The 3.8.10 release did not add the new SQLITE_ENABLE_DBSTAT_VTAB compile-time option to the sqlite3_compileoption_used() interface. This patch release fixes that omission. And while we are at it, the associated dbstat virtual table was enhanced slightly and a harmless compiler warning was fixed.
There is no reason to upgrade from version 3.8.10 unless you are using the new SQLITE_ENABLE_DBSTAT_VTAB compile-time option.
SQLite version 3.8.10 is a regularly scheduled maintenance release. This release features performance improvements, fixes to several arcane bugs found by the AFL fuzzer, the new "sqldiff.exe" command-line utility, improvements to the documentation, and other enhancements. See the release notes for additional information.
SQLite version 3.8.9 is a regularly scheduled maintenance release. New features in this release include the PRAGMA index_xinfo command, the sqlite3_status64() interface, and the ".dbinfo" command of the command-line shell. See the release notes for additional information.
The 188.8.131.52 patch release fixes an obscure problem in the SQLite code generator that can cause incorrect results when the qualifying expression of a partial index is used inside the ON clause of a LEFT JOIN. This problem has been in the code since support for partial indexes was first added in version 3.8.0. However, it is difficult to imagine a valid reason to every put the qualifying constraint inside the ON clause of a LEFT JOIN, and so this issue has never come up before.
Any applications that is vulnerable to this bug would have encountered problems already. Hence, upgrading from the previous release is optional.
The 184.108.40.206 patch release fixes a single minor problem: It ensures that the sqlite3_wal_checkpoint(TRUNCATE) operation will always truncate the write-ahead log even if log had already been reset and contained no new content. It is unclear if this is a bug fix or a new feature.
Something like this would normally go into the next regularly scheduled release, but a prominent SQLite user needed the change in a hurry so we were happy to rush it out via this patch.
There is no reason to upgrade unless you actually need the enhanced behavior of sqlite3_wal_checkpoint(TRUNCATE).
Within hours of releasing version 3.8.8, a bug was reported against the 10-month-old 3.8.4 release. As that bug exists in all subsequent releases, the decision was made to issue a small patch to the 3.8.8 before it came into widespread use.
See ticket f97c4637102a3ae72b7911 for a description of the bug.
The changes between versions 3.8.8 and 220.127.116.11 are minimal.
SQLite version 3.8.8 is a regularly schedule maintenance release of SQLite.
There are no dramatic new features or performance enhancements in this release, merely incremental improvements. Most of the performance gain in this release comes from refactoring the B-Tree rebalancing logic to avoid unnecessary memcpy() operations. New features include the PRAGMA data_version statement and the ability to accept a VALUES clause with no arbitrary limit on the number of rows. Several obscure bugs have been fixed, including some multithreading races and a work-around for a compiler bug on some Macs.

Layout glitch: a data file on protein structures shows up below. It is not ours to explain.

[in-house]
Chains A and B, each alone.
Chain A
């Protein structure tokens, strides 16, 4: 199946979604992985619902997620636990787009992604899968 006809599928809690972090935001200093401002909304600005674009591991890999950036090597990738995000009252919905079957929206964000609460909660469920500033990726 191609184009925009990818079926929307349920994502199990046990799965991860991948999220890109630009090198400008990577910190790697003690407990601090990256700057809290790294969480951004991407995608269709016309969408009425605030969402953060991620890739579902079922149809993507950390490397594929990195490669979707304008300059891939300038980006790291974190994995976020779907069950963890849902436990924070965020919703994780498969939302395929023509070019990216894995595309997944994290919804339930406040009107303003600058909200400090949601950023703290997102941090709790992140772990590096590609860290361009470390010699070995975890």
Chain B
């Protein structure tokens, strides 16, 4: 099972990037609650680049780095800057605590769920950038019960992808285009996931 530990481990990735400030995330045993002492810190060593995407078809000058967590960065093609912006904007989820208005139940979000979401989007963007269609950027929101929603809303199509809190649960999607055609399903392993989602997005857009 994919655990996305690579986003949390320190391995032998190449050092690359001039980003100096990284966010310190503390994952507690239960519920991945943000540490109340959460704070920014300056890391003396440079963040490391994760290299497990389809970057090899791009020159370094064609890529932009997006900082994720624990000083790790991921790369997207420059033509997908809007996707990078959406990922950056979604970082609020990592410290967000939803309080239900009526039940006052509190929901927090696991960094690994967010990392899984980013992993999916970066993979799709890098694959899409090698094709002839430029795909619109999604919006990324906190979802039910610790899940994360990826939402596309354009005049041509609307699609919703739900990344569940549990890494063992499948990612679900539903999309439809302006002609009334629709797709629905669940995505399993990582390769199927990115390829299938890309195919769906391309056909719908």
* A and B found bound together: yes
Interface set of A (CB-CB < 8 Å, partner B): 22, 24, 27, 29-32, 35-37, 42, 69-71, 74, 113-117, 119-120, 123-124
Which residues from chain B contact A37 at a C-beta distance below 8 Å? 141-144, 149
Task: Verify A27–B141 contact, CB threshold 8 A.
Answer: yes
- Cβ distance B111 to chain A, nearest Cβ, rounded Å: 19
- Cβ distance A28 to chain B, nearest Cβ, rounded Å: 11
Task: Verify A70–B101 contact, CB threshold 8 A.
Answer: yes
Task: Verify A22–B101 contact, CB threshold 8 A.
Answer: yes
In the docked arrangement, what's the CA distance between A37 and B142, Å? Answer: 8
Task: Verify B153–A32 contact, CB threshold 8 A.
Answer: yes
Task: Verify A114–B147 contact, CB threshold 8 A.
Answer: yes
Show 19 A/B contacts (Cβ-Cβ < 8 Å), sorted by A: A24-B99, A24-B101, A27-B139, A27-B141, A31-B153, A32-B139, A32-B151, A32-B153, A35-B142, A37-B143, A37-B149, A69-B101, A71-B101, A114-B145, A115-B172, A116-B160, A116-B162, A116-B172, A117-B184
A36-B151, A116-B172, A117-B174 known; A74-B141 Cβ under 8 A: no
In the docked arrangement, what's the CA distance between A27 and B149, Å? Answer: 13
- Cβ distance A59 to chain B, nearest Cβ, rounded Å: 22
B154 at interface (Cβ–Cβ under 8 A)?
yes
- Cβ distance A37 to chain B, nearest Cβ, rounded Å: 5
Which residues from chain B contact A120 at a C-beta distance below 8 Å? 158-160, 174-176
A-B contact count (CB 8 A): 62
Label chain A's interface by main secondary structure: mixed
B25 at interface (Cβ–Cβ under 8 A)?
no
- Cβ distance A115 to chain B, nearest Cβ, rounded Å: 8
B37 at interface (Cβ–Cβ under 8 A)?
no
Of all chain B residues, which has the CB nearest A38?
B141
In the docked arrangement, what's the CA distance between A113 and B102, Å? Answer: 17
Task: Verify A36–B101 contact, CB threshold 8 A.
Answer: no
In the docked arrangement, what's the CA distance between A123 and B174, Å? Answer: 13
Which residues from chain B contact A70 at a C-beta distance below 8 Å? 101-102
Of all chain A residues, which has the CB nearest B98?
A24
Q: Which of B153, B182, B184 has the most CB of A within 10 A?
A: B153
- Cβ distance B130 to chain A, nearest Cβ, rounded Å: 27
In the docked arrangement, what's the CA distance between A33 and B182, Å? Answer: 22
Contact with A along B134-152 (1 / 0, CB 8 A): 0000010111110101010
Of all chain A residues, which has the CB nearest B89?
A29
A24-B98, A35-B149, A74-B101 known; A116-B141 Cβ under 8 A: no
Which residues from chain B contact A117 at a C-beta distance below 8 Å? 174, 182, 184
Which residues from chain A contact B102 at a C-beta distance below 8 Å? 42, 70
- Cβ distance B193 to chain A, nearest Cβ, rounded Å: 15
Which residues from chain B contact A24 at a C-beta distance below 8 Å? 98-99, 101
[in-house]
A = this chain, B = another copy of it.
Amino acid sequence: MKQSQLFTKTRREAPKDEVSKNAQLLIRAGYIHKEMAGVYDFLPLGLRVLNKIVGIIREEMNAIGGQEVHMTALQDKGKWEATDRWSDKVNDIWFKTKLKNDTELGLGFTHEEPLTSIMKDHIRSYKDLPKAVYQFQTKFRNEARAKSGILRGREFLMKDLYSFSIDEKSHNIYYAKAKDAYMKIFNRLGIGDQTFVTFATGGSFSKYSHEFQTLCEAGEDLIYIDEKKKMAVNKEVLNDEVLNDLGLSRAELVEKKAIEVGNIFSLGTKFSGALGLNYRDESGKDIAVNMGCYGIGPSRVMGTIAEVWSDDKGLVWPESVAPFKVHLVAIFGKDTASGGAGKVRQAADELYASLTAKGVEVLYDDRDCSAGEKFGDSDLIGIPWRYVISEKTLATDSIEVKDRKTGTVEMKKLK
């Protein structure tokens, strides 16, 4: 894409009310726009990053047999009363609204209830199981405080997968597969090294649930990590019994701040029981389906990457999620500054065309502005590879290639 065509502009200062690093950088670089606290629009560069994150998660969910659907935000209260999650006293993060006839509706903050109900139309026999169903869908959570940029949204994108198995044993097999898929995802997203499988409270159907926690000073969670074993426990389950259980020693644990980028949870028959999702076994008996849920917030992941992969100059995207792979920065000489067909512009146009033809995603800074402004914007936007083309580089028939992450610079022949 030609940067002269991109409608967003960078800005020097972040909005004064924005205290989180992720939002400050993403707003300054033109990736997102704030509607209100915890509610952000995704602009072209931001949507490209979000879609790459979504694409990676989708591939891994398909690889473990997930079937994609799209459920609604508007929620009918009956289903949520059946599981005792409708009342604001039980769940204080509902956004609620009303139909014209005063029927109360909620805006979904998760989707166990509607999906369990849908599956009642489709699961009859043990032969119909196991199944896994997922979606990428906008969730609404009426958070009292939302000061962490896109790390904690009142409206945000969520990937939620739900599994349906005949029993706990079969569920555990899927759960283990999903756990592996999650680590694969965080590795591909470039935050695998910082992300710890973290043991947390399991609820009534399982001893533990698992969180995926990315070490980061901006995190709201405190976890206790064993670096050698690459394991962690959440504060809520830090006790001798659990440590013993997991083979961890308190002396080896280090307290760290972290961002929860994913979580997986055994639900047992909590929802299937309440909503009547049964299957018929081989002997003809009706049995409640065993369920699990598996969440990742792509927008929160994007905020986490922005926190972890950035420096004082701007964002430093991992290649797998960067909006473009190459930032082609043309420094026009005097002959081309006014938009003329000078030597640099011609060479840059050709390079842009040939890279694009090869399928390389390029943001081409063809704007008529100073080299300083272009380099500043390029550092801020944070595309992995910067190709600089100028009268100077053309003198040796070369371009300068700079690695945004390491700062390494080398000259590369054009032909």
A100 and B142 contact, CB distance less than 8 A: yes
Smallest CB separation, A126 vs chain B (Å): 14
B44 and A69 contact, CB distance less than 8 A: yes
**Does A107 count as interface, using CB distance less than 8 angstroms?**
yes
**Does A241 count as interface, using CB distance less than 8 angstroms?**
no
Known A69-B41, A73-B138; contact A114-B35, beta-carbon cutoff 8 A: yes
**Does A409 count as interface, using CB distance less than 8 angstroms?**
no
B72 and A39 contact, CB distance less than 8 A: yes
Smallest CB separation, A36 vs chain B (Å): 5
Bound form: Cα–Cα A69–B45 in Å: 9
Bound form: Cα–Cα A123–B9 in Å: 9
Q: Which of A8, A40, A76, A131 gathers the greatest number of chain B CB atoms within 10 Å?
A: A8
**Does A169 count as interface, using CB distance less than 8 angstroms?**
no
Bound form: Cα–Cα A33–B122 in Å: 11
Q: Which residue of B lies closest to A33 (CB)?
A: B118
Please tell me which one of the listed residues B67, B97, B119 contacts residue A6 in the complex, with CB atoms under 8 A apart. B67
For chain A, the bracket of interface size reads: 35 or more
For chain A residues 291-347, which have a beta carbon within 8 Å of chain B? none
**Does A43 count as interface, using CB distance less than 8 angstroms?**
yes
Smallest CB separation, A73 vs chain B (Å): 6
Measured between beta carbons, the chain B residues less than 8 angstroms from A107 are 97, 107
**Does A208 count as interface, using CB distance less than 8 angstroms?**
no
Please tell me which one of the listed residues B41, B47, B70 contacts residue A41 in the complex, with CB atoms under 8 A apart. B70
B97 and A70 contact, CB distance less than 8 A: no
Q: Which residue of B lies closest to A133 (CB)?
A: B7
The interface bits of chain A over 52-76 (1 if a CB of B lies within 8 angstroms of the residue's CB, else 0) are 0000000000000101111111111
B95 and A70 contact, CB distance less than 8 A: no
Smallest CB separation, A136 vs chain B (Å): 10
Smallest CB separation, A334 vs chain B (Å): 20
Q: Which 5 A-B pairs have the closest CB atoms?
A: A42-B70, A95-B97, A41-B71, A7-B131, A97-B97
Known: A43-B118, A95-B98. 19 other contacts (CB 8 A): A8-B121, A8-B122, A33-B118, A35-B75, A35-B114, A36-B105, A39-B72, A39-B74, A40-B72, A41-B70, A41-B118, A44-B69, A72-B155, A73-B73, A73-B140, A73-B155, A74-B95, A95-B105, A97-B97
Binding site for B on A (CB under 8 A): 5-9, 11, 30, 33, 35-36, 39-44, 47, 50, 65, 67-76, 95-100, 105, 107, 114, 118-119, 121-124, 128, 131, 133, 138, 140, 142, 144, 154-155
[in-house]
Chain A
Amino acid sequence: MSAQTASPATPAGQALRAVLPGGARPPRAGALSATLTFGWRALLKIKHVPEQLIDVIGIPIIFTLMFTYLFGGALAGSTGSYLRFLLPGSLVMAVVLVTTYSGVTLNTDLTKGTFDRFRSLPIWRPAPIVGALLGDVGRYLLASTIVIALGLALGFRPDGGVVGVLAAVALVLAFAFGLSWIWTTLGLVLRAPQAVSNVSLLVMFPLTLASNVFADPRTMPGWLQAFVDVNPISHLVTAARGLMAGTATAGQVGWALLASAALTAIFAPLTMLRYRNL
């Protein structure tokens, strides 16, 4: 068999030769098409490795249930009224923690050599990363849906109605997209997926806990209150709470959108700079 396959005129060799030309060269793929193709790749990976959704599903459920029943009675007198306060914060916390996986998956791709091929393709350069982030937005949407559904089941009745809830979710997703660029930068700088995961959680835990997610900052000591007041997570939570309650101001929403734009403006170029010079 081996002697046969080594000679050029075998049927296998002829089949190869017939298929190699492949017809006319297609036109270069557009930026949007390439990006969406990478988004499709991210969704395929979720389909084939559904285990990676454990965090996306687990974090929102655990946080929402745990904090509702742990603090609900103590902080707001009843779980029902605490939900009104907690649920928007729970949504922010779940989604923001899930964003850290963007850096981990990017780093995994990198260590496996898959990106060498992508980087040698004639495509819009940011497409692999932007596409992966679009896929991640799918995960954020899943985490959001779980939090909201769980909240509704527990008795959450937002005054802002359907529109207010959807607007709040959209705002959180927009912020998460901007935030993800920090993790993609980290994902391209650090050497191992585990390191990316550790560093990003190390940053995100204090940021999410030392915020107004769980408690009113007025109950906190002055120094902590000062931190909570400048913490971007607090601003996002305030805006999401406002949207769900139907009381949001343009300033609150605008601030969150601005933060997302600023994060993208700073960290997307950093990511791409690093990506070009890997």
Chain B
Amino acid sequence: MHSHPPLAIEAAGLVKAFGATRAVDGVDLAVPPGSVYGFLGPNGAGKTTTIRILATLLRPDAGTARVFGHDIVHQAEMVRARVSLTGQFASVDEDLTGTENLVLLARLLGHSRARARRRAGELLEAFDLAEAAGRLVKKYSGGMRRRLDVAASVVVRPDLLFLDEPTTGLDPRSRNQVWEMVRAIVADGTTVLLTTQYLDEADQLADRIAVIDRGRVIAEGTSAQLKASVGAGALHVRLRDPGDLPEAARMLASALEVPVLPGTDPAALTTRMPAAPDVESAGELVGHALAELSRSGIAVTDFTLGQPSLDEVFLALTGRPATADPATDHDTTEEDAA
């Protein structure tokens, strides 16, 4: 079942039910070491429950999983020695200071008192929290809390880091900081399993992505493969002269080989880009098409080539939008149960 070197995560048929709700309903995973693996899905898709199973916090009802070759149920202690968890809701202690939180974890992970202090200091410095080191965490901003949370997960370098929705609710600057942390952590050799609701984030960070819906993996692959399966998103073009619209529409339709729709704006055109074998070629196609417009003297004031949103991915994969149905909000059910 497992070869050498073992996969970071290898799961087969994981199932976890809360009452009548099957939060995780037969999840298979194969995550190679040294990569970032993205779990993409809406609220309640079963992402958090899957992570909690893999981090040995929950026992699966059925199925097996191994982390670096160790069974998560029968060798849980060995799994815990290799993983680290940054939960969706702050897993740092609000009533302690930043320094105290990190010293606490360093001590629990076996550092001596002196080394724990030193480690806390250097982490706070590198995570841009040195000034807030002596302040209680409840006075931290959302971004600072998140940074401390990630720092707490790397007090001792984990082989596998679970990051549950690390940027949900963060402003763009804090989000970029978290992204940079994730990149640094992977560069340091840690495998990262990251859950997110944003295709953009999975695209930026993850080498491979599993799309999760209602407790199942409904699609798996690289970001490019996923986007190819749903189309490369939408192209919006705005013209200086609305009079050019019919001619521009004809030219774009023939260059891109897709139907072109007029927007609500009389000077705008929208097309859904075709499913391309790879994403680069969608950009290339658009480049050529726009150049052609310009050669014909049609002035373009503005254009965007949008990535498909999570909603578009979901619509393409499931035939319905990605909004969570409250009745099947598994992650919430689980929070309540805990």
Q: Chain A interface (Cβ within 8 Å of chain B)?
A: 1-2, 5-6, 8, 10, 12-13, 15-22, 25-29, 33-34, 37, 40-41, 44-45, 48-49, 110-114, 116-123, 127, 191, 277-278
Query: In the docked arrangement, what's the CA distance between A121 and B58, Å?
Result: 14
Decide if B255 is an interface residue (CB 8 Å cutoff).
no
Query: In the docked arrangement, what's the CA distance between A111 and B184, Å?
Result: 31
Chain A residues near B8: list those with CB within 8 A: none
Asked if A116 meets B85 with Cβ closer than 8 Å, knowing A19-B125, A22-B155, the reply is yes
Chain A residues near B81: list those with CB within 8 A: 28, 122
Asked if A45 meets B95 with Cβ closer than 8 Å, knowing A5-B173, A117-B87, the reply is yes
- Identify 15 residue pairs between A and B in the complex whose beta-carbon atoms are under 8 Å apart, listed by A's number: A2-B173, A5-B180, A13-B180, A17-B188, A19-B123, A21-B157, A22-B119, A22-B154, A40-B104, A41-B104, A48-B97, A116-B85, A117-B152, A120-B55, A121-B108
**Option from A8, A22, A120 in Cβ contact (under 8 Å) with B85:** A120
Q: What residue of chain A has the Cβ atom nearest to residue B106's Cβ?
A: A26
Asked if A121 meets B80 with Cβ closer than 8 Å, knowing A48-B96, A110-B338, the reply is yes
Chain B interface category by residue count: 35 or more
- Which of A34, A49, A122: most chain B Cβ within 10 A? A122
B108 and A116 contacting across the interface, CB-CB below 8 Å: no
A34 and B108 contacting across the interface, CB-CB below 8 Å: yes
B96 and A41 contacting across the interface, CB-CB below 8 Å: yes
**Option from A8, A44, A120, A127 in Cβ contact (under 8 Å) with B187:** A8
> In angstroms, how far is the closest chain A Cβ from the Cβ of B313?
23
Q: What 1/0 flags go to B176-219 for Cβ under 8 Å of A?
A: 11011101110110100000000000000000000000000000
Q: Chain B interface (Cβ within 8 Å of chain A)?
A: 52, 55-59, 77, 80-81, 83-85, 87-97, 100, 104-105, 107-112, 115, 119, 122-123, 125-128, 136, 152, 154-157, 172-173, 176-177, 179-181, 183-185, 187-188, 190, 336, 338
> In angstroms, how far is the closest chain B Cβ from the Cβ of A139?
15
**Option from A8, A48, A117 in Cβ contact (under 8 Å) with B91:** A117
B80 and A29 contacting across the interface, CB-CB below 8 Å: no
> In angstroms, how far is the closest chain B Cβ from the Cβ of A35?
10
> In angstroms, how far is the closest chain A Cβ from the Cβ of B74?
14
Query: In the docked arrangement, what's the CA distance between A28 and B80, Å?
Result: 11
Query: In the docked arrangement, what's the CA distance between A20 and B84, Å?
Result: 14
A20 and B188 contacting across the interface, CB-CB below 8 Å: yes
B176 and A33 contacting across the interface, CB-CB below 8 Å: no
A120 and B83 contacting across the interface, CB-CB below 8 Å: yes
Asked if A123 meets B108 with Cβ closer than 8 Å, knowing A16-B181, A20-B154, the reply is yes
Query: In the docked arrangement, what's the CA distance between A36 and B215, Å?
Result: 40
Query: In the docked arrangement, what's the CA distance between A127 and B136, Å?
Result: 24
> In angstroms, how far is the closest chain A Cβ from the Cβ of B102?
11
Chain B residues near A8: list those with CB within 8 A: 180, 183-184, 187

See the change log for a longer list of enhancements and bug fixes.
This release fixes adds in a mutex that is required by the changes of the 18.104.22.168 patch but was accidentally omitted. The mutex was not required by any of the internal SQLite tests, but Firefox crashes without it. Test cases have been added to ensure that mutex is never again missed.
This release fixes two obscure bugs that can result in incorrect query results and/or application crashes, but not (as far as we can tell) security vulnerabilities. Both bugs have been latent in the code across multiple prior releases and have never before been encountered, so they are unlikely to cause problems. Nevertheless it seems prudent to publish fixes for them both. See the change log for details.
SQLite version 22.214.171.124 is a patch and bug-fix release. Changes from the previous release are minimal.
The primary reason for this release is to enhance the ROLLBACK command so that it allows running queries on the same database connection to continue running as long as the ROLLBACK does not change the schema. In all previous versions of SQLite, a ROLLBACK would cause pending queries to stop immediately and return SQLITE_ABORT or SQLITE_ABORT_ROLLBACK. Pending queries still abort if the ROLLBACK changes the database schema, but as of this patch release, the queries are allowed to continue running if the schema is unmodified.
In addition to the ROLLBACK enhancement, this patch release also includes fixes for three obscure bugs. See the change log for details.
SQLite version 126.96.36.199 is a bug-fix release.
The primary reason for this bug-fix release is to address a problem with updating the value of fields at the end of a table that were added using ALTER TABLE ADD COLUMN. This problem 1 first appeared in the 3.8.7 release.